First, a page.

MARKETS are all about cycles and it seems that the current growth cycle, which started as a recovery from the financial crisis back in 2012-2013, is now reaching maturity.
Given this, what can we expect for this year and the near future?
The property market in Spain recovered more quickly in foreign-market locations such as the Costa del Sol, Mallorca and Ibiza, but now seems to be levelling off here.
Problem factors are prices, which are perhaps rising too swiftly, supply – which has caught up with and is beginning to surpass demand – and a possible tapering off of demand which is not unusual and, again, cyclical.
On the Costa del Sol, enquiries began to drop in the second half of 2018 and generally speaking this has continued in the first half of this year, confirming that 2019 is a year of consolidation in which growth has levelled off and supply is beginning to catch up with demand.
For the Spanish property market in general, this is the best year in over a decade. But for areas like Marbella, which are further into the cycle, there is a sense that perhaps last year was the peak one.
Nationally and locally, construction is once again a prime driver in the economy – growing 10% in relation to the previous year and leading to almost 600,000 sales. However experts are warning that the best thing would be a drop in new projects that would bring supply and demand in line. This would maintain sturdy price levels for now but it is expected that they too will begin to ease off before long.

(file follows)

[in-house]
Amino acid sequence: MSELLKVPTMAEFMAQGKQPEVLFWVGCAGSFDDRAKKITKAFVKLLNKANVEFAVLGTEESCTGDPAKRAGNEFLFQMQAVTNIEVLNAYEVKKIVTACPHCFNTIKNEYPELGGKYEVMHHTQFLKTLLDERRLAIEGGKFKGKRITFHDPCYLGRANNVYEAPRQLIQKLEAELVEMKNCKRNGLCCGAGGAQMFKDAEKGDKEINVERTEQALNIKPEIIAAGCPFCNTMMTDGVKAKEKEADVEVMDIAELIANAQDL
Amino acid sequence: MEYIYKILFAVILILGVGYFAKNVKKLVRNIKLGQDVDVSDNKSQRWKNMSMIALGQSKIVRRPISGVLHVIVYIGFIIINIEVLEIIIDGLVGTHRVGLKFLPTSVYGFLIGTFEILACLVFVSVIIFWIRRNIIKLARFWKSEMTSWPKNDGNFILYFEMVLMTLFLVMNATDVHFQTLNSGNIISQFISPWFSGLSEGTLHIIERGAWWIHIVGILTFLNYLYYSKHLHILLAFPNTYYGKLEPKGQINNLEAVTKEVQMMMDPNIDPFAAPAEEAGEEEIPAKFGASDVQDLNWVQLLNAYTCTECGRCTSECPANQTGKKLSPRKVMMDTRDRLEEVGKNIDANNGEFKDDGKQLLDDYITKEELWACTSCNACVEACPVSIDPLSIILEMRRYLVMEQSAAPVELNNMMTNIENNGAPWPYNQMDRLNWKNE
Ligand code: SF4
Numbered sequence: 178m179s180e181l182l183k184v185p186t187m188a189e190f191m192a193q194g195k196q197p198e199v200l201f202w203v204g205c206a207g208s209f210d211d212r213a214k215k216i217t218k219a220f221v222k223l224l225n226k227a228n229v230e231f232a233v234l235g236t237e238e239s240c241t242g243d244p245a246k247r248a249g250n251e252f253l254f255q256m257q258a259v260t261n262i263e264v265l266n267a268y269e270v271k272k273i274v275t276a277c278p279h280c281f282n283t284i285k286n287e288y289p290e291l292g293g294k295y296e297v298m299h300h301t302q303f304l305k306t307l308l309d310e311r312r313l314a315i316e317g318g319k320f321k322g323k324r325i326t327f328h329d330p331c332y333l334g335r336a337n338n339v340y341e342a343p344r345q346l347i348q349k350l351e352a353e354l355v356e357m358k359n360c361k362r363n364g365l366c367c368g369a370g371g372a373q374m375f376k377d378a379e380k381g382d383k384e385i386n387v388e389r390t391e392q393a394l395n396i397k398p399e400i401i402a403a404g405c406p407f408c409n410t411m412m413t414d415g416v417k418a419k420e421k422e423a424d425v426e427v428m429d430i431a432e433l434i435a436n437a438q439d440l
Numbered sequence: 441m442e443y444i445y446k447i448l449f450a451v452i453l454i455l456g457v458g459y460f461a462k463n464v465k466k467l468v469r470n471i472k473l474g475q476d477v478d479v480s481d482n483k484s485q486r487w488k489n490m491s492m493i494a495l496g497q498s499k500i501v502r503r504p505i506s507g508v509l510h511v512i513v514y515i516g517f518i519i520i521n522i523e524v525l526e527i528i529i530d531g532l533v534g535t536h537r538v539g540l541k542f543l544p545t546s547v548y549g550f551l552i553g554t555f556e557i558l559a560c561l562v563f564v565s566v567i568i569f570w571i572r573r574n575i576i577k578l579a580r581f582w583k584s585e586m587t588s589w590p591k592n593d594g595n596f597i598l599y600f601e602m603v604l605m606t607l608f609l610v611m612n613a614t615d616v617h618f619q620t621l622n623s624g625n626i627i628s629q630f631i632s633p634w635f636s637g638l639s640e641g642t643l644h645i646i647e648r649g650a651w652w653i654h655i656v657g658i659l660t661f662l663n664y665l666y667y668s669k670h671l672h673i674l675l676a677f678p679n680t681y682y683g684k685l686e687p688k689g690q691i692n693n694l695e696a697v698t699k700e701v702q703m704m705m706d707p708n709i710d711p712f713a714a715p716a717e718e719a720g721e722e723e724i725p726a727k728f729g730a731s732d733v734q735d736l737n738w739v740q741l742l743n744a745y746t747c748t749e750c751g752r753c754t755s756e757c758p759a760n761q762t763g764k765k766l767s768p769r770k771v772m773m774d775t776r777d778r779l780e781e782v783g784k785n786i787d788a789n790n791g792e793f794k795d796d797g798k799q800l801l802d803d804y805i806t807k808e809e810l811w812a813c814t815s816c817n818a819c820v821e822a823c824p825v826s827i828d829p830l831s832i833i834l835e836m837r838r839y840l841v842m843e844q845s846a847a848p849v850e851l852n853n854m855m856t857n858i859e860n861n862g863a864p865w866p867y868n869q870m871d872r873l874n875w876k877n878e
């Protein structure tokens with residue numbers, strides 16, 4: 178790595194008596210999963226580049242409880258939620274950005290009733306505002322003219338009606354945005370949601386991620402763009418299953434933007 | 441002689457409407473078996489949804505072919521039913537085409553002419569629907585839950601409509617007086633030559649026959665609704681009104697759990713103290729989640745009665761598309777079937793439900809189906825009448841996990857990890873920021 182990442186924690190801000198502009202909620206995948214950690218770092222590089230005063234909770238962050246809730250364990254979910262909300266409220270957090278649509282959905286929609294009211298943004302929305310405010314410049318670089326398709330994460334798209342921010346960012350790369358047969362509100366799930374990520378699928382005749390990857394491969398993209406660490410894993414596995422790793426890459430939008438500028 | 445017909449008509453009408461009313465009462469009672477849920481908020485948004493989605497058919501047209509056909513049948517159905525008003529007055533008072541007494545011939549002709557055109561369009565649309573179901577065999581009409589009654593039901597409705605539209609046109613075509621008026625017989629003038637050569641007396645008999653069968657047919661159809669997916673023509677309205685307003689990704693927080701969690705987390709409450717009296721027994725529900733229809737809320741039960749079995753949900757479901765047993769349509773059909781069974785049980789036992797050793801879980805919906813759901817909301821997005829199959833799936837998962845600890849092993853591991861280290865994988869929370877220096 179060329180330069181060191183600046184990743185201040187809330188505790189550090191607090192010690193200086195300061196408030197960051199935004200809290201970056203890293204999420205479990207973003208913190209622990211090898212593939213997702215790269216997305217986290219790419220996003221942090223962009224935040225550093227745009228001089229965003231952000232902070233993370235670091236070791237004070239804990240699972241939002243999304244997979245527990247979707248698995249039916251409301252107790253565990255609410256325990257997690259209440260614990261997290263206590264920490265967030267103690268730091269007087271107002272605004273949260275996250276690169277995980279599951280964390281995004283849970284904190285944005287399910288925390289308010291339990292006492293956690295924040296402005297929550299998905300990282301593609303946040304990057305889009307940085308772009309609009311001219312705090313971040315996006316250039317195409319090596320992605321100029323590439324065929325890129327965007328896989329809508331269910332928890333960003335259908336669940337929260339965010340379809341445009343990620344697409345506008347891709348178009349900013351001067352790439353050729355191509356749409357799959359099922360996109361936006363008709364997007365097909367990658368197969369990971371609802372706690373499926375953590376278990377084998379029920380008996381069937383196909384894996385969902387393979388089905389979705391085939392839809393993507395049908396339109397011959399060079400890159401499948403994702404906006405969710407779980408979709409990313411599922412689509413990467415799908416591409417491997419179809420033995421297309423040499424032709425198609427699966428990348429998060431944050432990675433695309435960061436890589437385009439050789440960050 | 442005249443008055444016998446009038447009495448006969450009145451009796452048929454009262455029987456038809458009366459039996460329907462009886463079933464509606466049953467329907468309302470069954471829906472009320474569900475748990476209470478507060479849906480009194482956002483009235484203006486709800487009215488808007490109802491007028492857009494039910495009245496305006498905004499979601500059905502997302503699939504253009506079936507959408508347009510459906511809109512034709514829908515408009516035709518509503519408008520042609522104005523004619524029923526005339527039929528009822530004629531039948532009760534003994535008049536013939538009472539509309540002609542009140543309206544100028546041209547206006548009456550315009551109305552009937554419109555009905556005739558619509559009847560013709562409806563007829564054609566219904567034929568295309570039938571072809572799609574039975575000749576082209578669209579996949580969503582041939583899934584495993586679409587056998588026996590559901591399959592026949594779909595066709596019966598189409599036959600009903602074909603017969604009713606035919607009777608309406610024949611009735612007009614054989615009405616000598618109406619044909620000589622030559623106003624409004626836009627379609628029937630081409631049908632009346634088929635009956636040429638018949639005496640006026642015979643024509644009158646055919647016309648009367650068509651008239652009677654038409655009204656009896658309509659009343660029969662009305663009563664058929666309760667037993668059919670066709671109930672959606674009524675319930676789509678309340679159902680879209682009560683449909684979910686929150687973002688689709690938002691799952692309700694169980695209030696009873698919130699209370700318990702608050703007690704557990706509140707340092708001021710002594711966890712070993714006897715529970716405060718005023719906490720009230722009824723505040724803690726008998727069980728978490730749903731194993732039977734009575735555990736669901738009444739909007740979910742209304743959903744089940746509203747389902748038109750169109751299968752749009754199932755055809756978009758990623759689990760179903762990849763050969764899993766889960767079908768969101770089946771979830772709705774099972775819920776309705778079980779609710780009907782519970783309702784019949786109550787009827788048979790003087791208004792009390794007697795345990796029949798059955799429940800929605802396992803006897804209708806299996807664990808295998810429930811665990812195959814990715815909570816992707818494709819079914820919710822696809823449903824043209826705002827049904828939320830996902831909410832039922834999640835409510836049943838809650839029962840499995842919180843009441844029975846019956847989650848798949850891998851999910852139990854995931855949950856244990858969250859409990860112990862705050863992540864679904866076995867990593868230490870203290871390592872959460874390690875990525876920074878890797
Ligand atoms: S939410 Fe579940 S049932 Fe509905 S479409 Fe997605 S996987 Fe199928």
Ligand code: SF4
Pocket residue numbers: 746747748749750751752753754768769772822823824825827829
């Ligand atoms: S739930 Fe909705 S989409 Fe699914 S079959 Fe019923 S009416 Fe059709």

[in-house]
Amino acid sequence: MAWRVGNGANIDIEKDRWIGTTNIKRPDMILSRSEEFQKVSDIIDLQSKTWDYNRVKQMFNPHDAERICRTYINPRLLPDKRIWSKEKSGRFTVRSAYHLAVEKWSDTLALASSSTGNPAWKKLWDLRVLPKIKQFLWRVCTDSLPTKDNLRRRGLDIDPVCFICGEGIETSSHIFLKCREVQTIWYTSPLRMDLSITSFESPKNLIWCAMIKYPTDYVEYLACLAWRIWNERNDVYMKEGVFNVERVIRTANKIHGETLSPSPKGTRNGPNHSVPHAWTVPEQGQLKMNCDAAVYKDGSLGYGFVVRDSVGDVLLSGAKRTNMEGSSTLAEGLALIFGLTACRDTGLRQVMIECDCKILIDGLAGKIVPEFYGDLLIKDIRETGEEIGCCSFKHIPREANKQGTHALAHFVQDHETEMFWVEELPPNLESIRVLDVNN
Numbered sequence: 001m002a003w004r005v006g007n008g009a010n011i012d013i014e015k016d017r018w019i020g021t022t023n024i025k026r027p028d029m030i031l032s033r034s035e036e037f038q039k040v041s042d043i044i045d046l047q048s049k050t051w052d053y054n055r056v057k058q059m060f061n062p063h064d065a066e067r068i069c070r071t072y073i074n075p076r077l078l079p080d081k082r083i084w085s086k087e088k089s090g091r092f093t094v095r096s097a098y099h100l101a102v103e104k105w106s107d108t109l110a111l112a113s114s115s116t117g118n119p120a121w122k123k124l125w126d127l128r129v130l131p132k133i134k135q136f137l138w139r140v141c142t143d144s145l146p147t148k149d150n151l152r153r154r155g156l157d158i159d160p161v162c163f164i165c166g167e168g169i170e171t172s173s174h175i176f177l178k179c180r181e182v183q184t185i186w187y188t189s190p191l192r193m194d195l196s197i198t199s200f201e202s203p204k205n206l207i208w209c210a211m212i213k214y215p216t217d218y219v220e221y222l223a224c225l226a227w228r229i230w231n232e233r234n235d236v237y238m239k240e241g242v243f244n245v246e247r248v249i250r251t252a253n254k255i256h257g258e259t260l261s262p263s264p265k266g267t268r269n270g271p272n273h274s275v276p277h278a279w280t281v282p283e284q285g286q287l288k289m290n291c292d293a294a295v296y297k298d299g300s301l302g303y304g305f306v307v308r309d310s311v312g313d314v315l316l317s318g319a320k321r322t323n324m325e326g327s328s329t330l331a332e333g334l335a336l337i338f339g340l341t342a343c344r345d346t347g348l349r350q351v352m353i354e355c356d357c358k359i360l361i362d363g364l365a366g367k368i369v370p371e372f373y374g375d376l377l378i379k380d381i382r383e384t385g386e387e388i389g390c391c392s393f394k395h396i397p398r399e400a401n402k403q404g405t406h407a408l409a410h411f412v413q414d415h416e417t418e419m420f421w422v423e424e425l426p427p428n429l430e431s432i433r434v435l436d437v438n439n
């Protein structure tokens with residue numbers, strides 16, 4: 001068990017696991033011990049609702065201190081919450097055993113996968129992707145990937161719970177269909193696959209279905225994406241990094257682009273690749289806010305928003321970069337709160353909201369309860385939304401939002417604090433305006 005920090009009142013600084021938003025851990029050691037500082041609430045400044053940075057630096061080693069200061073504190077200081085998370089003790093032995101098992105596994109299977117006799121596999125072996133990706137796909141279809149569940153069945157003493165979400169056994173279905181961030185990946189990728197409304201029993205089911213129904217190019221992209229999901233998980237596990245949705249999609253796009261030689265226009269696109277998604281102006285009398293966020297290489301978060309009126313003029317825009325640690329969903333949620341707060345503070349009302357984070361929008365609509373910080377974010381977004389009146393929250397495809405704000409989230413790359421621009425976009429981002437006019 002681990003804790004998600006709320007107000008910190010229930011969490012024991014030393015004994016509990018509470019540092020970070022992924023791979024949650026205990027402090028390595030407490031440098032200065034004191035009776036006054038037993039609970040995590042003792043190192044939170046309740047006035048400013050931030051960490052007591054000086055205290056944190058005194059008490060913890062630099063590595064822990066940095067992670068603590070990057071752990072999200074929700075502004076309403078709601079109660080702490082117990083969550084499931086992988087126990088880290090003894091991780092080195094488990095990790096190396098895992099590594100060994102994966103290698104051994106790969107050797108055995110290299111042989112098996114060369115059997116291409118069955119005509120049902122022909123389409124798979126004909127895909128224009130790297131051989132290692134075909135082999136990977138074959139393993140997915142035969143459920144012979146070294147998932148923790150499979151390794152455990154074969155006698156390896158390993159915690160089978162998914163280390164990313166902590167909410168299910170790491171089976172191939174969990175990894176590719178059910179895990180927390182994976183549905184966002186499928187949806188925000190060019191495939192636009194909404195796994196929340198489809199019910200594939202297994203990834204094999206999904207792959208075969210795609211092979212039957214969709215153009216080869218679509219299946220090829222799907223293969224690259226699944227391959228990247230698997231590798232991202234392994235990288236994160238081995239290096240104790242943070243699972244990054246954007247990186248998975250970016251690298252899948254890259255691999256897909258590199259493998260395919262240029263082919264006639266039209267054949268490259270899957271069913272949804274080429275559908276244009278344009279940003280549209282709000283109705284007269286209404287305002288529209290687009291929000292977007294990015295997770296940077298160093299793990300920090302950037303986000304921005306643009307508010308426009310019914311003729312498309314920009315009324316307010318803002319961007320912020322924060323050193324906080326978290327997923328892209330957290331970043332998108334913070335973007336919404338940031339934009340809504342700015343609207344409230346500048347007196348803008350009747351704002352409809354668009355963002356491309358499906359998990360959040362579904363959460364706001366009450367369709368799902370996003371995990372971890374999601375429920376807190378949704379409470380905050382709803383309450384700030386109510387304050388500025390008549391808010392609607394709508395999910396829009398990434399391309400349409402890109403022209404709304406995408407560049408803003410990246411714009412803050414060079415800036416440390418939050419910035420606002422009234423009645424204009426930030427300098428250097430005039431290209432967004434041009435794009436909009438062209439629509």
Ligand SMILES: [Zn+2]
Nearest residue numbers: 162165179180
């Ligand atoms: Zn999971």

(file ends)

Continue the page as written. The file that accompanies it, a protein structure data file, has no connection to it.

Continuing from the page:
Boom or bust for the Spanish Property Market?
If there is a market and price correction to come it is likely to be a moderate one, as the growth cycle has not seen a ‘mad boom’ but a moderate up-cycle, with steady growth in sales and property values.
The initial explosion of demand for modern properties has been largely satisfied, and this will cause a drop in the rapid increase in modern house prices and a relative shift of power back to existing resale properties.
The market’s appetite for sleek white villas and apartments appears to be slowly cooling but homebuyers continue to look for innovations in style, comfort, economy and, in particular, sustainability.
The latter will be one of the construction buzzwords of the coming years but for now everything points to more moderate levels of activity.
According to figures compiled by one online portal, Spanish property prices grew by 7.8% last year in 2018, which beats even the 2006 level of 7.7%.
For this year, the increase is expected to be 4%-6%, and the total number of properties sold will also increase, by around 4%-5%.
The market for land remains a little overheated, especially in locations such as the Costa del Sol. But that should begin to alleviate a little as investors and property developers react and reduce production, and with it a lower appetite for land.
On the whole, we can expect a levelling off of growth and an easing of some of the activity that has been driving house prices up quite steadily in the past few years.
It will be interesting to see if the market can maintain such moderated but still highly-acceptable levels of activity for the foreseeable future.